1.Let every soul, etc. Inasmuch as he so carefully handles this subject in connection with what forms the Christian life, it appears that he was constrained to do so by some great necessity which existed especially in that age, though the preaching of the gospel at all times renders this necessary. There are indeed always some tumultuous spirits who believe that the kingdom of Christ cannot be sufficiently elevated, unless all earthly powers be abolished, and that they cannot enjoy the liberty given by him, except they shake off every yoke of human subjection. This error, however, possessed the minds of the Jews above all others; for it seemed to them disgraceful that the offspring of Abraham, whose kingdom flourished before the Redeemer’s coming, should now, after his appearance, continue in submission to another power. There was also another thing which alienated the Jews no less than the Gentiles from their rulers, because they all not only hated piety, but also persecuted religion with the most hostile feelings. Hence it seemed unreasonable to acknowledge them for legitimate princes and rulers, who were attempting to take away the kingdom from Christ, the only Lord of heaven and earth.
By these reasons, as it is probable, Paul was induced to establish, with greater care than usual, the authority of magistrates, and first he lays down a general precept, which briefly includes what he afterwards says: secondly, he subjoins an exposition and a proof of his precept.
He calls them the higher powers, not the supreme, who possess the chief authority, but such as excel other men. Magistrates are then thus called with regard to their subjects, and not as compared with each other. And it seems indeed to me, that the Apostle intended by this word to take away the frivolous curiosity of men, who are wont often to inquire by what right they who rule have obtained their authority; but it ought to be enough for us, that they do rule; for they have not ascended by their own power into this high station, but have been placed there by the Lord’s hand. And by mentioning every soul, he removes every exception, lest any one should claim an immunity from the common duty of obedience.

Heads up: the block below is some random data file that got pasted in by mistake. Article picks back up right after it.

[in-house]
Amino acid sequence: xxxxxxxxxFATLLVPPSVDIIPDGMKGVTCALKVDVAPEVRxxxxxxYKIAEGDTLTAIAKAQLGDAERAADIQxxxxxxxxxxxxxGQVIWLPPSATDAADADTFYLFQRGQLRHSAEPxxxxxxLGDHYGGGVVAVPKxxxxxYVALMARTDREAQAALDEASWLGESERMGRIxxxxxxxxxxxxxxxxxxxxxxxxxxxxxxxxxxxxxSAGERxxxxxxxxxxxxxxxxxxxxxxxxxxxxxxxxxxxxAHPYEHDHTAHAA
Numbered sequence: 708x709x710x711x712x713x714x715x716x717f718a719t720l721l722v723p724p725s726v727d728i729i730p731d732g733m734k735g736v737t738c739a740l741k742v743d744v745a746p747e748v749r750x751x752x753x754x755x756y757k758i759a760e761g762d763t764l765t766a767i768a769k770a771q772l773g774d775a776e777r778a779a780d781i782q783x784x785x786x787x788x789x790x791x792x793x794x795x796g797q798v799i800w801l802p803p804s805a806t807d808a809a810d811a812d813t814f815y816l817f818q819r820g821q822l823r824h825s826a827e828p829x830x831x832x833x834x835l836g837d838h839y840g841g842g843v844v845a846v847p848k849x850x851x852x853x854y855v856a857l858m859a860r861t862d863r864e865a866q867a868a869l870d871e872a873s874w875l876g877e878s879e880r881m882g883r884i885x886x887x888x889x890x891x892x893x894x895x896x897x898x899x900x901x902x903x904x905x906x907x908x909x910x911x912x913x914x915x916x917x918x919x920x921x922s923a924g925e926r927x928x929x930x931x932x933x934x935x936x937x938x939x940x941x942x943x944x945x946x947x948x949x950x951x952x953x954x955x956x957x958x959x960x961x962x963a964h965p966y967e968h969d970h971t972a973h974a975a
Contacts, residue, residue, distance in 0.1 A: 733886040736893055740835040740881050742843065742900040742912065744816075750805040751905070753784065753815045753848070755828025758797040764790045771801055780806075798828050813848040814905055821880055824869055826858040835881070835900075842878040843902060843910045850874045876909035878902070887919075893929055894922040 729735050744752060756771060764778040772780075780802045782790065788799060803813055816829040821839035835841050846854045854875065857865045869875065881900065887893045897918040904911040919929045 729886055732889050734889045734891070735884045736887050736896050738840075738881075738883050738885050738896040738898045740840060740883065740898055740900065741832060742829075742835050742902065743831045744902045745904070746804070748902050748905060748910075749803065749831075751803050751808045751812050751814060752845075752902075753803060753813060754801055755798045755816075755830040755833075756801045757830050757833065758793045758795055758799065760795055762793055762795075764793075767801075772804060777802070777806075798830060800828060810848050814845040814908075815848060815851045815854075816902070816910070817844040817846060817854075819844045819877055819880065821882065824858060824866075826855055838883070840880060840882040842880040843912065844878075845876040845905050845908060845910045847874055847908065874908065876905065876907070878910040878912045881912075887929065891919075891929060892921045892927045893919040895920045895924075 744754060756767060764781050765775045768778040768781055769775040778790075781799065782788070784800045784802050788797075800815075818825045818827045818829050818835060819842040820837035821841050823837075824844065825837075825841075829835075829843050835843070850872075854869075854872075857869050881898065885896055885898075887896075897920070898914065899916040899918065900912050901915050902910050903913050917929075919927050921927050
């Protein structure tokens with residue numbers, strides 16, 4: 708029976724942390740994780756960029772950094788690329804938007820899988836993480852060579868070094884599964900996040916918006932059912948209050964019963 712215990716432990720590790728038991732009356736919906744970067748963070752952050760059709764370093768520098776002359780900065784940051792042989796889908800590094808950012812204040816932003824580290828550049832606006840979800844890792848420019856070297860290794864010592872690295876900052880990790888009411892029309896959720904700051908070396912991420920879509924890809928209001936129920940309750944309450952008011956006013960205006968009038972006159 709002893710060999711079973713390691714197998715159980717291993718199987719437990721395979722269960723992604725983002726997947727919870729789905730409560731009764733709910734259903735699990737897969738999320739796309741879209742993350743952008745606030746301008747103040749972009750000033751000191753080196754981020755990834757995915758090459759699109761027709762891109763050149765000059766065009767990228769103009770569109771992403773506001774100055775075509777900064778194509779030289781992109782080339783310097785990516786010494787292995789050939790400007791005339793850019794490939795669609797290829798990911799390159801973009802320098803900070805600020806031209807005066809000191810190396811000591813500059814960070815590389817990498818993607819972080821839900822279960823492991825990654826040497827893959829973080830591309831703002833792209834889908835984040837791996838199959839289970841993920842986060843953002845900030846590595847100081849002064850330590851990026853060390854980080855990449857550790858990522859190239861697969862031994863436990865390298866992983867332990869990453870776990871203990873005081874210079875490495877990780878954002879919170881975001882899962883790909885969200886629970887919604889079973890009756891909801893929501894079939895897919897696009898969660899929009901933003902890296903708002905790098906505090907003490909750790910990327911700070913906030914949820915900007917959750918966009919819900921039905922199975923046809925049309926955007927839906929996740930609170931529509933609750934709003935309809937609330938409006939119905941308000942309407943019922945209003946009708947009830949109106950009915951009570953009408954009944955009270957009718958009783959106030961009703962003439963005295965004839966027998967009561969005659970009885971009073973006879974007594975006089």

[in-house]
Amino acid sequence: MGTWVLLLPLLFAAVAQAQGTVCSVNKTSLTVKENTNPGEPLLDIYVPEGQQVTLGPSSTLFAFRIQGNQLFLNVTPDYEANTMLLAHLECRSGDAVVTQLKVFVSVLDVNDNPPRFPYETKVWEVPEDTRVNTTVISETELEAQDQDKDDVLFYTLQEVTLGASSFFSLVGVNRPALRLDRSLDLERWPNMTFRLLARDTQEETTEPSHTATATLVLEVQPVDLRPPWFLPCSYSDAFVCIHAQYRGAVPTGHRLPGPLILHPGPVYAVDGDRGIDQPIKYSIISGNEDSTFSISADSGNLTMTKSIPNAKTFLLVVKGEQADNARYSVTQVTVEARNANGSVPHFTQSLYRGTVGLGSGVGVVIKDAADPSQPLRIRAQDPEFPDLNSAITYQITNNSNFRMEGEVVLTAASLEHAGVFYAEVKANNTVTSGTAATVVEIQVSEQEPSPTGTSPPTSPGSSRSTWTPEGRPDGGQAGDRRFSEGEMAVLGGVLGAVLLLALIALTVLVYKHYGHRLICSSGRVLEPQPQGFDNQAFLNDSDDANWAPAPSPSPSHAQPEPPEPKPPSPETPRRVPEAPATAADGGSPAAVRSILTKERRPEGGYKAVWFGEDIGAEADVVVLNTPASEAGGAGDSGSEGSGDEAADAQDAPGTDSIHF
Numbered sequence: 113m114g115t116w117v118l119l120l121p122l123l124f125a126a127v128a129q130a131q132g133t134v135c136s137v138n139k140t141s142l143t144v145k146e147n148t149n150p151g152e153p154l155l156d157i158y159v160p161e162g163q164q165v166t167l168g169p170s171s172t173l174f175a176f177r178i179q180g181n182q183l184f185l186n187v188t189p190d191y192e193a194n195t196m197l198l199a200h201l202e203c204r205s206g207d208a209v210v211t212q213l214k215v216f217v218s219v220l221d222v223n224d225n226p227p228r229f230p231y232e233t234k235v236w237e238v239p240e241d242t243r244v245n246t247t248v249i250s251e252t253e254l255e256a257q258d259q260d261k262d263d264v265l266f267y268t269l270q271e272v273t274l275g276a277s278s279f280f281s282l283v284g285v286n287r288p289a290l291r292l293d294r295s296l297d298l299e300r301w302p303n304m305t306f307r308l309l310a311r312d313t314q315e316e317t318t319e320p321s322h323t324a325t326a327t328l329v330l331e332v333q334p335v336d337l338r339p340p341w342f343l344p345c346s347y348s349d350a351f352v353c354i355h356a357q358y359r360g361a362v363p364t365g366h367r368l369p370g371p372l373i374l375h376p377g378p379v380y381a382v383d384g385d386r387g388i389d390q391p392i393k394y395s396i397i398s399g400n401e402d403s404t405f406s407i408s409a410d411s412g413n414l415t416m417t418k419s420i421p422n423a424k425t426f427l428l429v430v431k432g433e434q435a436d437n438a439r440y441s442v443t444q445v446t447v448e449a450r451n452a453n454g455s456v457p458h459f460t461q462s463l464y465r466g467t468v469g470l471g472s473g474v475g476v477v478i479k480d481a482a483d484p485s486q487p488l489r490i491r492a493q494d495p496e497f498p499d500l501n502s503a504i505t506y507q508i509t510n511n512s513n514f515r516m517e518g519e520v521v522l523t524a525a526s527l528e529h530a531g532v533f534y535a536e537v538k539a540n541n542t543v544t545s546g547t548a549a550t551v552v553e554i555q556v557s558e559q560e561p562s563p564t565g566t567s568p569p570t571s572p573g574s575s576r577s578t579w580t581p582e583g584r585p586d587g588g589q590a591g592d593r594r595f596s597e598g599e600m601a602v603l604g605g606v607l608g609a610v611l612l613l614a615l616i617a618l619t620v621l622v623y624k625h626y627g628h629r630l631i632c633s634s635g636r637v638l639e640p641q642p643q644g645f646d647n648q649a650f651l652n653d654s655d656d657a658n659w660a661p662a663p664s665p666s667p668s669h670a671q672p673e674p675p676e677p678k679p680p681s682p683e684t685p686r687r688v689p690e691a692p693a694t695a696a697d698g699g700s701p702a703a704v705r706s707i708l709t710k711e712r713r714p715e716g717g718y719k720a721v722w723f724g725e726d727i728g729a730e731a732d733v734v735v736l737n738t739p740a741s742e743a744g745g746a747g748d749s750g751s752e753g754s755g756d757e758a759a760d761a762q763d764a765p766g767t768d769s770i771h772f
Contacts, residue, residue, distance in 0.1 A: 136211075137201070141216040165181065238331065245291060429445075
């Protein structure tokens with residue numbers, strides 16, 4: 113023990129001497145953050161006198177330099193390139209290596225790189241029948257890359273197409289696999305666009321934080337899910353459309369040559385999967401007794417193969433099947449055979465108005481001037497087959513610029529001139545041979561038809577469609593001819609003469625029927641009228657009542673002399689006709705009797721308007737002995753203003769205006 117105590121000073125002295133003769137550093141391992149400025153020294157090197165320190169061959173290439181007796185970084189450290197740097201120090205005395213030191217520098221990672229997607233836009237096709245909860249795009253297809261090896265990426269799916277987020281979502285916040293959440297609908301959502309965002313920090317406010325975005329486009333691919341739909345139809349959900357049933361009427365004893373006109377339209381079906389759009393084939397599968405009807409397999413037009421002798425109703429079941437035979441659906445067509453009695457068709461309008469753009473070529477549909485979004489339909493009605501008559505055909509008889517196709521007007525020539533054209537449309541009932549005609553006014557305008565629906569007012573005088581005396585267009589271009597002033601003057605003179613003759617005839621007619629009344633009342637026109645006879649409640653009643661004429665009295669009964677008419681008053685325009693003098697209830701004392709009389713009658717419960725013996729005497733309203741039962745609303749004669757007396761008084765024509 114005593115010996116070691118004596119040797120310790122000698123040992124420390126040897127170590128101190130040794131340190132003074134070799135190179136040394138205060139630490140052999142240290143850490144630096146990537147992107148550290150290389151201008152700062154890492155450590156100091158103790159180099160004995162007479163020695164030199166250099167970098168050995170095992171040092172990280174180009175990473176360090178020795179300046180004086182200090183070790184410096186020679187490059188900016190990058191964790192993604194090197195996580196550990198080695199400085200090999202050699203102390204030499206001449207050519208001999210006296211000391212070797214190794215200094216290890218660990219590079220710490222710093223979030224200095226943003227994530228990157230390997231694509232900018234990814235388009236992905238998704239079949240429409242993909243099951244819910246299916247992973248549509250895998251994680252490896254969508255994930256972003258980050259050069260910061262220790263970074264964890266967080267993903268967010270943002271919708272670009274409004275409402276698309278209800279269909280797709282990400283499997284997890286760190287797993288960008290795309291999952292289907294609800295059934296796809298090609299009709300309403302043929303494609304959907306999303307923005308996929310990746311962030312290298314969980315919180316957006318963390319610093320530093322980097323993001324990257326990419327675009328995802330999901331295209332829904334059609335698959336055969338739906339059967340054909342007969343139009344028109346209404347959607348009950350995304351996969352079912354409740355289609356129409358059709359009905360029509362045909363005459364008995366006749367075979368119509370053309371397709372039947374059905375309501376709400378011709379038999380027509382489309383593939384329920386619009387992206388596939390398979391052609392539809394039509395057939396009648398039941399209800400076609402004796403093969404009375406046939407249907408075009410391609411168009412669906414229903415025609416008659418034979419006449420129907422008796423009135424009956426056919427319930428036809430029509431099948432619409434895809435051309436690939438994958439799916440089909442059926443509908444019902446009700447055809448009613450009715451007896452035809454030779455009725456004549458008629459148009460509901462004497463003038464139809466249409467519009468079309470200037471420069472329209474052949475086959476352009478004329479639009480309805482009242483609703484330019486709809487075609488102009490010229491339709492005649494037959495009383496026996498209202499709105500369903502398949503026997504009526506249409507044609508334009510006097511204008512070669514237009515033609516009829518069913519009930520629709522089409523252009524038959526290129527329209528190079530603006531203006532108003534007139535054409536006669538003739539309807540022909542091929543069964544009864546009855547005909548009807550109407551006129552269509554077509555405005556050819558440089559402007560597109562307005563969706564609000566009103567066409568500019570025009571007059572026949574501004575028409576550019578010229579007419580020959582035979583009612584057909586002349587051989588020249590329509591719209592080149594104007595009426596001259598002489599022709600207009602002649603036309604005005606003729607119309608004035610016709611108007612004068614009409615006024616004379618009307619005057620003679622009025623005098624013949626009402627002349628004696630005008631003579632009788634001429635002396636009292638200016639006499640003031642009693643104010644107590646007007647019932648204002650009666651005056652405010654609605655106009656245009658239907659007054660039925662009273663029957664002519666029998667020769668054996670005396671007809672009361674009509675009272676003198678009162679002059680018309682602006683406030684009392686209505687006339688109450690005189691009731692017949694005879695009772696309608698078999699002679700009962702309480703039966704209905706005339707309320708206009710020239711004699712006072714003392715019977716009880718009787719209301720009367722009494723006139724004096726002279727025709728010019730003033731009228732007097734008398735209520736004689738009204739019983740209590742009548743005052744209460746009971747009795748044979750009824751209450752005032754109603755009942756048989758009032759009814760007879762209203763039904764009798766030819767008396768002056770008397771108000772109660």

For there is no power, etc. The reason why we ought to be subject to magistrates is, because they are constituted by God’s ordination. For since it pleases God thus to govern the world, he who attempts to invert the order of God, and thus to resist God himself, despises his power; since to despise the providence of him who is the founder of civil power, is to carry on war with him. Understand further, that powers are from God, not as pestilence, and famine, and wars, and other visitations for sin, are said to be from him; but because he has appointed them for the legitimate and just government of the world. For though tyrannies and unjust exercise of power, as they are full of disorder, (ἀταξίας)are not an ordained government; yet the right of government is ordained by God for the wellbeing of mankind. As it is lawful to repel wars and to seek remedies for other evils, hence the Apostle commands us willingly and cheerfully to respect and honor the right and authority of magistrates, as useful to men: for the punishment which God inflicts on men for their sins, we cannot properly call ordinations, but they are the means which he designedly appoints for the preservation of legitimate order.